Sekhmet, the Lion-Headed Goddess of War
He was the sort of man
who wouldn’t hurt a fly.
Many flies are now alive
while he is not.
He was not my patron.
He preferred full granaries, I battle.
My roar meant slaughter.
Yet here we are together
in the same museum.
That’s not what I see, though, the fitful
crowds of staring children
learning the lesson of multi-
cultural obliteration, sic transit
and so on.
I see the temple where I was born
or built, where I held power.
I see the desert beyond,
where the hot conical tombs, that look
from a distance, frankly, like dunces’ hats,
hide my jokes: the dried-out flesh
and bones, the wooden boats
in which the dead sail endlessly
in no direction.
What did you expect from gods
with animal heads?
Though come to think of it
the ones made later, who were fully human
were not such good news either.
Favour me and give me riches,
destroy my enemies.
That seems to be the gist.
Oh yes: And save me from death.
In return we’re given blood
and bread, flowers and prayer,
and lip service.
Maybe there’s something in all of this
I missed. But if it’s selfless
love you’re looking for,
you’ve got the wrong goddess.
I just sit where I’m put, composed
of stone and wishful thinking:
that the deity who kills for pleasure
will also heal,
that in the midst of your nightmare,
the final one, a kind lion
will come with bandages in her mouth
and the soft body of a woman,
and lick you clean of fever,
and pick your soul up gently by the nape of the neck
and caress you into darkness and paradise.
I happened to remember this beautiful poem by Margaret Atwood, one of my favorite poets, and thought it would be really appropriate here. Sekhmet is the Egyptian goddess of the sun, war, destruction, plagues and healing, an interesting combination of duties. She is one of the oldest deities and one of the most powerful. She is said to be the daughter the sun god Ra created when his eye looked upon the earth. She is also sometimes seen as a daughter of Nut, the sky and Geb, the earth. She often holds the ankh, the symbol of life, when seated. When standing or striding, she is seen holding the papyrus scepter symbolizing Lower Egypt as you see above. According to myth, she was the fiery eye of Re (or Ra), which he sent against his enemies. In this form she also appeared as the cobra on the brow of the king, rearing to protect him.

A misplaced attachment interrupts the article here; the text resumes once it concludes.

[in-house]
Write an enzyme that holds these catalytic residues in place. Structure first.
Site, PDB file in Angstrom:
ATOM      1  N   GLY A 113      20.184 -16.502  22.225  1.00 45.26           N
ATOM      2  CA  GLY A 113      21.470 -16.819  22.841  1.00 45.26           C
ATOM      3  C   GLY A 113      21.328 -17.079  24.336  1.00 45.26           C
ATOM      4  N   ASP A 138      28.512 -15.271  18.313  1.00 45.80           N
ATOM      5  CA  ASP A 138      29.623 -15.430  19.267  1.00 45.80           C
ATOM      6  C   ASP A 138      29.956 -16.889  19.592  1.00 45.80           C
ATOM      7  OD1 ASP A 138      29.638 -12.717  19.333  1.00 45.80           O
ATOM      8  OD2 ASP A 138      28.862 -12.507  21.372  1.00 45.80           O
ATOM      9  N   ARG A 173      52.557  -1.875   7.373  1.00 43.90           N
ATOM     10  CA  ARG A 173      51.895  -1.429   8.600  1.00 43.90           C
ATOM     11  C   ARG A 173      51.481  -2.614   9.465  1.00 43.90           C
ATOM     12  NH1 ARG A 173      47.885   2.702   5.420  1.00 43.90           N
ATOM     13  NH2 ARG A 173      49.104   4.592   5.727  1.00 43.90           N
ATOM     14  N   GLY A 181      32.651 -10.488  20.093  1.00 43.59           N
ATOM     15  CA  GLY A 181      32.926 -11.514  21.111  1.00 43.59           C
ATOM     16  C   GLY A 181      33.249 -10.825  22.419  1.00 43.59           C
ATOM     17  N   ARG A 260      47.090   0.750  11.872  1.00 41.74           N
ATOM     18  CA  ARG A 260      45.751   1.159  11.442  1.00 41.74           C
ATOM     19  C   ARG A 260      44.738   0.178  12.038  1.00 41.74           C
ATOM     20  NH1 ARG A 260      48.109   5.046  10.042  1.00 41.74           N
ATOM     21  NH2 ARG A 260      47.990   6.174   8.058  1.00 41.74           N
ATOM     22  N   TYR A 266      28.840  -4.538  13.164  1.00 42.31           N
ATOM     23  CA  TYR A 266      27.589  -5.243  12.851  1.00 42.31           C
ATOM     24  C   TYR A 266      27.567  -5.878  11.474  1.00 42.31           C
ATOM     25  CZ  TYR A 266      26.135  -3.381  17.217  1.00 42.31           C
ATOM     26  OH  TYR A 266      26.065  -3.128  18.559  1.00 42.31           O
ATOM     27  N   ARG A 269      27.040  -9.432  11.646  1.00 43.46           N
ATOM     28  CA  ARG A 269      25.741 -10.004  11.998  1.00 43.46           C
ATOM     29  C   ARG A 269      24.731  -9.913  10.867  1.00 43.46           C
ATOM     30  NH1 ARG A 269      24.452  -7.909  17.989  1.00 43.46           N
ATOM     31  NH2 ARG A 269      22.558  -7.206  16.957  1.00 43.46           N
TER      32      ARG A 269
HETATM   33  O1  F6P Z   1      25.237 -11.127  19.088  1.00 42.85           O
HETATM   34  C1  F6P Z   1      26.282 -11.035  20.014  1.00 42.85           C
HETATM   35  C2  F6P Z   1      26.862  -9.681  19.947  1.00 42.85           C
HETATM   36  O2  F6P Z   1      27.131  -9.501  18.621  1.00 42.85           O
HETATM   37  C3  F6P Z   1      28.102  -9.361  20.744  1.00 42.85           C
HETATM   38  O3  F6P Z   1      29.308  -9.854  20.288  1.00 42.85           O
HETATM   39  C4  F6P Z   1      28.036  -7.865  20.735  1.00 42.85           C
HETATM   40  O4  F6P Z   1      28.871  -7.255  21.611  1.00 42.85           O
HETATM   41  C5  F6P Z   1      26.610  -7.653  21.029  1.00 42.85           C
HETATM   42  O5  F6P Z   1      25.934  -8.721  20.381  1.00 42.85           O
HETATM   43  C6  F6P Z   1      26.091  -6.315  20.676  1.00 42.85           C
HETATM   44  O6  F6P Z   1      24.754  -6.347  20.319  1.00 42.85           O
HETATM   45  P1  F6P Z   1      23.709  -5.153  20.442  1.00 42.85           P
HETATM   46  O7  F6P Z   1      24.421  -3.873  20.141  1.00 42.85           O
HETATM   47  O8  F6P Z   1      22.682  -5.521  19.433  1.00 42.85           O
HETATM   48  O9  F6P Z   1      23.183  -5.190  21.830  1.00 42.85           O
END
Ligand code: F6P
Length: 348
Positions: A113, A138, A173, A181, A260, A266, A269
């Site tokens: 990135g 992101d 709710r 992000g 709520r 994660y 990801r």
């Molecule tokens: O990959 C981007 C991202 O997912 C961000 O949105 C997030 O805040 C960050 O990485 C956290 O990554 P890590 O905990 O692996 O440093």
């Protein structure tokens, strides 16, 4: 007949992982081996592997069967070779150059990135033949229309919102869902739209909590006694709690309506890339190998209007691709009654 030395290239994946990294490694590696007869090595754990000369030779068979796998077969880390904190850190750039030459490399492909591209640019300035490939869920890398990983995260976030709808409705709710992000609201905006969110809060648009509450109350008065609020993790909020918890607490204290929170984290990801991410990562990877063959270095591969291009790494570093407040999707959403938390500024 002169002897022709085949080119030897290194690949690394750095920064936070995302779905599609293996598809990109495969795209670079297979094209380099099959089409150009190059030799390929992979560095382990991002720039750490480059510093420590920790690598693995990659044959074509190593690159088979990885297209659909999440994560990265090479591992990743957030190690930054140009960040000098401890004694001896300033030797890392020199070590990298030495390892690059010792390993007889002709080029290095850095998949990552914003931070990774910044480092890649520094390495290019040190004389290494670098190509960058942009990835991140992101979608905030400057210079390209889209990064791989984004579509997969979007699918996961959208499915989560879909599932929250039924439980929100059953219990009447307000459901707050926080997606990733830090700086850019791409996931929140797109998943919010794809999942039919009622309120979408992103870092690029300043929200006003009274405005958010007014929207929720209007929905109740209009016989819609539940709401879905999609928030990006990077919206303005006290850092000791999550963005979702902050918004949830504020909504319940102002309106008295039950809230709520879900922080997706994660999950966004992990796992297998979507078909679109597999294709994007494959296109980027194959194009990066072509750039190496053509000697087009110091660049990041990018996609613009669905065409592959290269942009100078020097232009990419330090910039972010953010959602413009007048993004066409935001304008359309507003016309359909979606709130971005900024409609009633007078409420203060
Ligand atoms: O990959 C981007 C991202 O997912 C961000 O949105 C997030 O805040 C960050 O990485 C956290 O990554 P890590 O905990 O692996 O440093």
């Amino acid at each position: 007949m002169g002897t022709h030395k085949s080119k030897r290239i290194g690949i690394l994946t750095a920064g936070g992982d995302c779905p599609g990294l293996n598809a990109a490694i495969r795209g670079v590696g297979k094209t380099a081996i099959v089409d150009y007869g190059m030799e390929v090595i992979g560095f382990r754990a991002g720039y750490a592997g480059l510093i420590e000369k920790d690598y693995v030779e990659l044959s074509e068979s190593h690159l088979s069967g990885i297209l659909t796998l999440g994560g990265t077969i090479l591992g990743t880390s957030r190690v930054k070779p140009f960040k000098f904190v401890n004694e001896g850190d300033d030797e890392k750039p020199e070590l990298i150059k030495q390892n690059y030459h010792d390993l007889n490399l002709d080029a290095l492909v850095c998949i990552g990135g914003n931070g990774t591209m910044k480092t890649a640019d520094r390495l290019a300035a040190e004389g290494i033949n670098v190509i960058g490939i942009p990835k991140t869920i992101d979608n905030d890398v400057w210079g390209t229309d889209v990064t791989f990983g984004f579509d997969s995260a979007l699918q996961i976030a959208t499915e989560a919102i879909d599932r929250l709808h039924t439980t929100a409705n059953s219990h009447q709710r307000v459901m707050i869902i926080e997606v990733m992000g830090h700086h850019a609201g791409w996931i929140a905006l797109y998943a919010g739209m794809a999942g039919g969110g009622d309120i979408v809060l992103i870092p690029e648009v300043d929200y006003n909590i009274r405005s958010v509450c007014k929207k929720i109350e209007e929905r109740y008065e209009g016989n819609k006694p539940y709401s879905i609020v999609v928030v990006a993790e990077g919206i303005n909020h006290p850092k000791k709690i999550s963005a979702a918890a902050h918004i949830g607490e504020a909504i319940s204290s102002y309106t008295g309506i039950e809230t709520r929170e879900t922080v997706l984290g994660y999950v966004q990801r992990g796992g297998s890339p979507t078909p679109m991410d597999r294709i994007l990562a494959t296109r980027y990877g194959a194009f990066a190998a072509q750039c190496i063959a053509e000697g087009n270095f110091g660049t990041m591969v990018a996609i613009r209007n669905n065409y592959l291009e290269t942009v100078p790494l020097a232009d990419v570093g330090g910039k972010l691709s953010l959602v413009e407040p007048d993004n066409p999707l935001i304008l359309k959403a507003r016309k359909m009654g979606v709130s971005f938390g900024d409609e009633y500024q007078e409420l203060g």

When Upper Egypt in the South conquered Lower Egypt in the delta area, the Pharaoh brought the cult of Sekhmet with him. She was viewed as a replacement for Bast or Bastet, who was deemed to be less powerful because Sekhmet's Pharaoh had conquered Bast's territory. Bast became the deity of household cats, who were highly regarded and often mummified with their owners. The gold jewelry is accurate, cats were often given golden jewelry because of their role in killing mice and rats which threatened key food supplies, and snakes, especially cobras. As divine mother, and more especially as protector for Lower Egypt, Bastet became strongly associated with Wadjet, the patron goddess of Lower Egypt. She eventually became Wadjet-Bast, paralleling the similar pair of patron Nekhbet and lioness protector Sekhmet for Upper Egypt. Egyptians would often wear bracelets with kittens on them to promote fertility.
Sekhmet was known as the “Red Lady” indicating her alignment with the western desert and for the following story involving bloodlust. As the sun god Ra grew older, he became concerned about his enemies and asked Hathor to help him. She took on the job with a vengeance and turned into Sekhmet, the lioness goddess. She took delight in killing people and drinking their blood. Ra then worried that Sekhmet would wipe out the entire human race, so he arranged for red dye to be mixed into beer and spread about the land. Sekhmet, thinking it was blood, drank it and became so intoxicated that she forgot her assignment. As a result, humankind was saved. Pacified by the beer, she resumed her persona as the beautiful Hathor and returned to Ra. The saving of mankind was commemorated every year on the feast day of Hathor/Sekhmet, during the first month of the year, just after the first flooding of the Nile, when it turned red from Ethiopian silt. Everyone drank beer stained with pomegranate juice and worshipped “the Mistress and lady of the tomb, gracious one, destroyer of rebellion, mighty one of enchantments”. Also, to pacify Sekhmet, festivals were celebrated at the end of battle, so that the destruction would come to an end.